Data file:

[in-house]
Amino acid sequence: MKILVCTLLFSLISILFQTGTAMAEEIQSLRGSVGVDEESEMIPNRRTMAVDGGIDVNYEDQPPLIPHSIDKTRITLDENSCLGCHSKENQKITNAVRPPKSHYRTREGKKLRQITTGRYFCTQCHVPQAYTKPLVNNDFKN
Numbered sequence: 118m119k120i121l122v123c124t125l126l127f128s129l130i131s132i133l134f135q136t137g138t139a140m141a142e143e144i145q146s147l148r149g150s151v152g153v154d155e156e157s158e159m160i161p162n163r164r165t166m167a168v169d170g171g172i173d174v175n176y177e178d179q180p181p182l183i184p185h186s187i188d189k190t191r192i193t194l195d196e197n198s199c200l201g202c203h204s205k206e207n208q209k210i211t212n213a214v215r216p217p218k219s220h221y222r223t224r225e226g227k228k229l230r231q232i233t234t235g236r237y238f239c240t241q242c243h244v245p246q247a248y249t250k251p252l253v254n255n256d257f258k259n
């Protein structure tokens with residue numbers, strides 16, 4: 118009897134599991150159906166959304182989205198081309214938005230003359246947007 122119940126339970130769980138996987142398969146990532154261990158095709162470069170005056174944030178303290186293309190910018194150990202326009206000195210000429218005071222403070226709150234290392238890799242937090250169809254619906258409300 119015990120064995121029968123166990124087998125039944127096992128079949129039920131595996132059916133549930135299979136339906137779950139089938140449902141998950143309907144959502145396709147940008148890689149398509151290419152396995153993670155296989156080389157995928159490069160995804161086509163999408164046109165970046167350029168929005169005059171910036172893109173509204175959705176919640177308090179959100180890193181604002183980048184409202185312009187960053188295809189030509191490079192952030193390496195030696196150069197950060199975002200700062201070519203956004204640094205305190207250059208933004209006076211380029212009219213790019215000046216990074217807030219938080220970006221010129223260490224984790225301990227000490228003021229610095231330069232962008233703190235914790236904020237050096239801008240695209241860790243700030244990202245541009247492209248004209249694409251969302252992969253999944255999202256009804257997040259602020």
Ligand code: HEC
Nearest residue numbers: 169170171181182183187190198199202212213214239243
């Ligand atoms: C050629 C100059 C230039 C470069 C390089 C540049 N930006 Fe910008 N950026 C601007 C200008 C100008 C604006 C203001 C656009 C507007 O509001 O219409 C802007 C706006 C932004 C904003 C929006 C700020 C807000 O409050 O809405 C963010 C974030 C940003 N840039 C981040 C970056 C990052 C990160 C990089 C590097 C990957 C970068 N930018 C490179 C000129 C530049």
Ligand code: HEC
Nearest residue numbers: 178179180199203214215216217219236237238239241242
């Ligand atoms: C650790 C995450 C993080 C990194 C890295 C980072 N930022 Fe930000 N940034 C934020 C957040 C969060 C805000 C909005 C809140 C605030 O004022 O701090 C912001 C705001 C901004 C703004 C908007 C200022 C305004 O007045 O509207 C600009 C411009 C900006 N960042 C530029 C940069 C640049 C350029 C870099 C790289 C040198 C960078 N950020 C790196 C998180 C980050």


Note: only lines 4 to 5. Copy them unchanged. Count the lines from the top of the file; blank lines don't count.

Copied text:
């Protein structure tokens with residue numbers, strides 16, 4: 118009897134599991150159906166959304182989205198081309214938005230003359246947007 122119940126339970130769980138996987142398969146990532154261990158095709162470069170005056174944030178303290186293309190910018194150990202326009206000195210000429218005071222403070226709150234290392238890799242937090250169809254619906258409300 119015990120064995121029968123166990124087998125039944127096992128079949129039920131595996132059916133549930135299979136339906137779950139089938140449902141998950143309907144959502145396709147940008148890689149398509151290419152396995153993670155296989156080389157995928159490069160995804161086509163999408164046109165970046167350029168929005169005059171910036172893109173509204175959705176919640177308090179959100180890193181604002183980048184409202185312009187960053188295809189030509191490079192952030193390496195030696196150069197950060199975002200700062201070519203956004204640094205305190207250059208933004209006076211380029212009219213790019215000046216990074217807030219938080220970006221010129223260490224984790225301990227000490228003021229610095231330069232962008233703190235914790236904020237050096239801008240695209241860790243700030244990202245541009247492209248004209249694409251969302252992969253999944255999202256009804257997040259602020």
Ligand code: HEC